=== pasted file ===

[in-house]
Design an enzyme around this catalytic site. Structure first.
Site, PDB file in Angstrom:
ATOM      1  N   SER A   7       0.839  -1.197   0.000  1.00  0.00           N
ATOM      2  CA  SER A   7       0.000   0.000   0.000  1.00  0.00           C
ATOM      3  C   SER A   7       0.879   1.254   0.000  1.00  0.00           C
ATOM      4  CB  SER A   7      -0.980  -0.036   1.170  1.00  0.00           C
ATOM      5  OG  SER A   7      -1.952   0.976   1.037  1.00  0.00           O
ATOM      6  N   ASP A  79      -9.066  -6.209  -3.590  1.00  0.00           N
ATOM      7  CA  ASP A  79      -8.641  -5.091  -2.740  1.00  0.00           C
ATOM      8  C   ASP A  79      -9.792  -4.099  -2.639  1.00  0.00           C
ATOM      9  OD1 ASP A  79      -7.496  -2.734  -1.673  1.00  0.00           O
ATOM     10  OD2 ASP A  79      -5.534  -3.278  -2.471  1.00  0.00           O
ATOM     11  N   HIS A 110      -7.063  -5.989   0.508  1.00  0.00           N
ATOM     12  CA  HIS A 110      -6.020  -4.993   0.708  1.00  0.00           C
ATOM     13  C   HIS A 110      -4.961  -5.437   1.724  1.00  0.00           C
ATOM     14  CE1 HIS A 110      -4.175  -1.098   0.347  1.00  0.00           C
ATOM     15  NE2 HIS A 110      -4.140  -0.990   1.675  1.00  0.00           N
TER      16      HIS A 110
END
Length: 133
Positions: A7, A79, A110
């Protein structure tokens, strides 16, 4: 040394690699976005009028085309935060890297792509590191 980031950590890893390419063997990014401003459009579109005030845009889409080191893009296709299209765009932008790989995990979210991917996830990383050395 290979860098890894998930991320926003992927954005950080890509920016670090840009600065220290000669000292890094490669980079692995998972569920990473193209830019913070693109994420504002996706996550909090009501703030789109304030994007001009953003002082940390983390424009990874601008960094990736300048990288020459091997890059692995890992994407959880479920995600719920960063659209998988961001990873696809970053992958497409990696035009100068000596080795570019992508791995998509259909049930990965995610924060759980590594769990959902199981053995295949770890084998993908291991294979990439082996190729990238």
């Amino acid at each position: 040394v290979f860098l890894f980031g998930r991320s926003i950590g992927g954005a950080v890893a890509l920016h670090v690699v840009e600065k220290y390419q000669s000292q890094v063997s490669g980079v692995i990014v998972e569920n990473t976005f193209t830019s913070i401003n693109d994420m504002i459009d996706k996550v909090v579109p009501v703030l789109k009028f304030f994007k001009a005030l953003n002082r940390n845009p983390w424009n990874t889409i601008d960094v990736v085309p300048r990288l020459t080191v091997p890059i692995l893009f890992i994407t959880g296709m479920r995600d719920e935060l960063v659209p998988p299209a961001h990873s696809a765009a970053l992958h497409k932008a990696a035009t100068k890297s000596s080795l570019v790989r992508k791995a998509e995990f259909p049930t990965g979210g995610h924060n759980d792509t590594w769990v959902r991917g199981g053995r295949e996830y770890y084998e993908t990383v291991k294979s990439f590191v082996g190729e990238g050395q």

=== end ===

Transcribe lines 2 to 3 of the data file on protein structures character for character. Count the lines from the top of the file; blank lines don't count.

Design an enzyme around this catalytic site. Structure first.
Site, PDB file in Angstrom: